Sanichari has lost the ability to cry. How then, can she take on the job of a professional mourner?
Auckland’s Indo English theatre group Prayas is presenting Rudali, the Mourner, one of India’s more challenging plays, rich in social issues and colourful characters.
Rudali, the Mourner is the story of Sanichari who has been surrounded by misfortune all her life. She is numb to misery - even the death of her beloved son doesn’t bring any tears…soon her daughter in law abandons her to become a prostitute.
How then, does a lonely woman survive in a society of powerful men who exploit women and the poor for a living?
Rudali the Mourner, the new English play from Prayas is a compelling, yet highly entertaining social drama. We take you to Tohri village in India where lower caste women are hired to wail upon the death of rich upper-caste males. While they beat their breasts in public, the family of the dead retain their upper caste dignity with silence.
Come to Tohri and meet a host of lively characters –the caring and conniving neighbours, a long lost friend, the comic village priest, ruthless landlords, brazen prostitutes and a wickedly endearing old nag. Together they weave a story of friendship, treachery, greed, lust and duplicity and of course the unusual “business” of Rudali.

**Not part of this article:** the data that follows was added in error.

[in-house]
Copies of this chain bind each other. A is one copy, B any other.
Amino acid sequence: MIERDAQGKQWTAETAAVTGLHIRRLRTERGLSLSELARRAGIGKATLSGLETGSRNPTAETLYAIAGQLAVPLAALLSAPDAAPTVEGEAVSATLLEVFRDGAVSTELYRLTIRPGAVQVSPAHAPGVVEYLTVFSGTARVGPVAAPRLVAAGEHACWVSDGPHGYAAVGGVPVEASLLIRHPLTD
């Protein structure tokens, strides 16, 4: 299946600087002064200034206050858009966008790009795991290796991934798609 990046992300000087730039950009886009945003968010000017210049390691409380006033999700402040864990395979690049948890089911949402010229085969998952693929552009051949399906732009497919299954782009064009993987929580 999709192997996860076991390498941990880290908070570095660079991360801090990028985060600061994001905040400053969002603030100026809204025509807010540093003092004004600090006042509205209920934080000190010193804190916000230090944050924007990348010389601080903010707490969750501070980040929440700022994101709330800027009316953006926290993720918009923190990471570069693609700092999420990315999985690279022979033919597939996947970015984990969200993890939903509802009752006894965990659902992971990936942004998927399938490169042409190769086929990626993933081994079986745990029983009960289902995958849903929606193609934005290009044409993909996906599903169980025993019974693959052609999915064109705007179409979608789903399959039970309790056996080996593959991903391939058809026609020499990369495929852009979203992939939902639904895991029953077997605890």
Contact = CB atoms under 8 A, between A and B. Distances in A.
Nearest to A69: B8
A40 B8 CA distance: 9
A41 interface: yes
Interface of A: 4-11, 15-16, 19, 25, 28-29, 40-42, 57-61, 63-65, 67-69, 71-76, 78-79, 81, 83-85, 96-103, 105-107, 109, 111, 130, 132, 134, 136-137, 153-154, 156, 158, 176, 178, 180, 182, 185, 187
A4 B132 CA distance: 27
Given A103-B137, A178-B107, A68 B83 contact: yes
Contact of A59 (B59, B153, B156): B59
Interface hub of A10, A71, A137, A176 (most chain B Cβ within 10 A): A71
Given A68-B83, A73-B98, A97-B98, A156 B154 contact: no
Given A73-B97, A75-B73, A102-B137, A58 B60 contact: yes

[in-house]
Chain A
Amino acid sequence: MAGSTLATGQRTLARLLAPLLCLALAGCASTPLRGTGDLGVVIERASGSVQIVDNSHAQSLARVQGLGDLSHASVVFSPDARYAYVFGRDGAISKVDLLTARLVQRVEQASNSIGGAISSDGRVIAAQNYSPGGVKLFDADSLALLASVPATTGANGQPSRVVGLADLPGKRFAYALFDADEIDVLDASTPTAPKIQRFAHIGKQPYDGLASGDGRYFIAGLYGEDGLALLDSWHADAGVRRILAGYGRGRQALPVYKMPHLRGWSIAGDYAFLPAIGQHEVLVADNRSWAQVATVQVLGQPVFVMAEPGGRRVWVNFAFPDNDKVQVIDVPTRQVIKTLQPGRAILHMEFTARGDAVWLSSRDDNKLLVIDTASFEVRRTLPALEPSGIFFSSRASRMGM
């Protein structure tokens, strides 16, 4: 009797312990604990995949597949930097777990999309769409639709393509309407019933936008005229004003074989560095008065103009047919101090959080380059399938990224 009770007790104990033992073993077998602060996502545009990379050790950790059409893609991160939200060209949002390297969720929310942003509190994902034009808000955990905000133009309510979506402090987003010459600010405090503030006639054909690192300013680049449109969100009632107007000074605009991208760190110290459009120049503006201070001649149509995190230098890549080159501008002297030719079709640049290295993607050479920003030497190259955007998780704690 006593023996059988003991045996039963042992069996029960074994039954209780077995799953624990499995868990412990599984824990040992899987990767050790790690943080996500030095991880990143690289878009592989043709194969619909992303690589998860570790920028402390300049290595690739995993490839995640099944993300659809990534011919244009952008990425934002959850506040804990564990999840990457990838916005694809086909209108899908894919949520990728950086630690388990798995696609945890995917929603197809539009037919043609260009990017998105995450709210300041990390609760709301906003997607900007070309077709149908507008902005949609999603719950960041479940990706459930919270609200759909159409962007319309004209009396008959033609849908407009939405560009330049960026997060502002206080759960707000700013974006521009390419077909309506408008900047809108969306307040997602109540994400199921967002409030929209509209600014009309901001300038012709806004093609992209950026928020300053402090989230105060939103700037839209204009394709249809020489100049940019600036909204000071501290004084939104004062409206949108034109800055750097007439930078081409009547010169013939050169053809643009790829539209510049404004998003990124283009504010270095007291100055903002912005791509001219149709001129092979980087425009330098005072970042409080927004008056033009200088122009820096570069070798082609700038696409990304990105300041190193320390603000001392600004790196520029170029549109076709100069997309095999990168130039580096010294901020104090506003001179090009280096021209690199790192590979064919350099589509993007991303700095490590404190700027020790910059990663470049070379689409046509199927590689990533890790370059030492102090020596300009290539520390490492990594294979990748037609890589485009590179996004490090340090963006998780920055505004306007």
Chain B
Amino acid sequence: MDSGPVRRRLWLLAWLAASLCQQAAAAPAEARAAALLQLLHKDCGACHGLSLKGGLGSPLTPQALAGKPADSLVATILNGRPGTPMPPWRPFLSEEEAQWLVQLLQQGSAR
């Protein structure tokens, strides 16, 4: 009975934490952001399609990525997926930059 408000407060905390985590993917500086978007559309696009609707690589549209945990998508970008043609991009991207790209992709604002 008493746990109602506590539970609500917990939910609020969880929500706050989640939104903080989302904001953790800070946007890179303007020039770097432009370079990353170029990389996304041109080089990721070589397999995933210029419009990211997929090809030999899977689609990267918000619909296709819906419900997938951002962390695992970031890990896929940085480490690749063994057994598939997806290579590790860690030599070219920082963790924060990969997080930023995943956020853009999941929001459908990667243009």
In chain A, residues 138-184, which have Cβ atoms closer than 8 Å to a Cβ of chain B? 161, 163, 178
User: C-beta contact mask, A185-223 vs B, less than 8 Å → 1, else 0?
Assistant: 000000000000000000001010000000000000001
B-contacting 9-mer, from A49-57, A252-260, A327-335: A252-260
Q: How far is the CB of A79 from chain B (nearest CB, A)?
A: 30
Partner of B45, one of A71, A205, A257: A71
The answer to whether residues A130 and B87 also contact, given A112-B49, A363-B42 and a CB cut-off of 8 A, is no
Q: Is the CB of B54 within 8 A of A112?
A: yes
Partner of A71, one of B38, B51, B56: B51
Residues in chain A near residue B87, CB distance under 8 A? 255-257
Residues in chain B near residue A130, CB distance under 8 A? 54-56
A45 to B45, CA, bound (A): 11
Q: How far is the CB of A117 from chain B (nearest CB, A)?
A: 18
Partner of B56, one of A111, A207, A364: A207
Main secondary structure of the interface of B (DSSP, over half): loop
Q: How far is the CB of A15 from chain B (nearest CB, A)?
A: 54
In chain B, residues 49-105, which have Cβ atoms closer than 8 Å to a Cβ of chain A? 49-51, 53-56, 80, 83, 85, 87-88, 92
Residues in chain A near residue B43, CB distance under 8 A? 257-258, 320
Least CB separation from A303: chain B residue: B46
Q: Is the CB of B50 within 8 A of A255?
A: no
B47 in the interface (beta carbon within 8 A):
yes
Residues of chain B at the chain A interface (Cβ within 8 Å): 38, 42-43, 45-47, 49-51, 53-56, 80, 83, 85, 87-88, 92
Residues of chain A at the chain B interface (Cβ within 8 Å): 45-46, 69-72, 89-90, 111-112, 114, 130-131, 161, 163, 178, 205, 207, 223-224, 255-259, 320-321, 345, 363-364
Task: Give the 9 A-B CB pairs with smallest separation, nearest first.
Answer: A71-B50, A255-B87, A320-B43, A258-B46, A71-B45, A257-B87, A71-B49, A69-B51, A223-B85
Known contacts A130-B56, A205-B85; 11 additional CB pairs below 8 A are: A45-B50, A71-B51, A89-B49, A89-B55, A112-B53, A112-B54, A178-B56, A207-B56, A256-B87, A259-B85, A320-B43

“It is a brave play, and it is challenging for Prayas as it deals with some of the harsher issues that India faces,” co-director Amit Ohdedar says. “All the players have a passion for all things India, but it takes courage to open up with the community we now call home.”
Written by the now 86-year-old Mashasweta Devi, it fearlessly tackles wealth, abuse of women and prostitution.
“I constantly come across the reappearance, in various forms, of folklore, ballads, myths and legends, carried by ordinary people across generations....The reason and inspiration for my writing are those people who are exploited and used, and yet do not accept defeat,” Devi says.
“For me, the endless source of ingredients for writing is in these amazingly, noble, suffering human beings. Why should I look for my raw material elsewhere, once I have started knowing them? Sometimes it seems to me that my writing is really their doing.”
Rudali-The Mourner will showcase Indian folk music with a live orchestra, colourful dances and a vibrant village carnival.
Rudali- The Mourner, based on a story by Mahasweta Devi, will be staged at TAPAC, 100 Motions Rd, Western Springs, Auckland from May 18 to 27, 2012
Bookings open now at www.tapac.org.nz or visit www.prayas.co.nz
Phone: TAPAC (The Auckland Performing Arts Centre): 8450295
Directed by Amit Ohdedar and Margaret Mary Hollins
Assisted by Ahi Karunaharan
Produced by Sudeepta Vyas
Assisted by Zetin Moza, Satya Akula, Gaurav Bradoo
Costume and make up: Padma Akula and Monica Mahendru
Creative Director, Photography: Bhavnesh Soni
Choreography: Rahul Chopra
Music: Moushumi Das
Patricia Vichmann, Monica Mahendru, Shilpi Pillai, Monica Nangia,
Sangeeta Hariharan, Madhumita Chatterjee, Anya Banerjee, Nona Shedde, Sudeepta Vyas, Mala Bhaduri, Lucy Xia, Abbas Burmawala, Ram Manthry, Dilbagh Singh, Gaurav Bradoo, Vijesh Nangia, Dhrupad Siddhanta, Rahul Chopra, Shibashish Dutta Chowdhury, Murali Kumar, Ditoya Ghosh, Sangeeta Gupta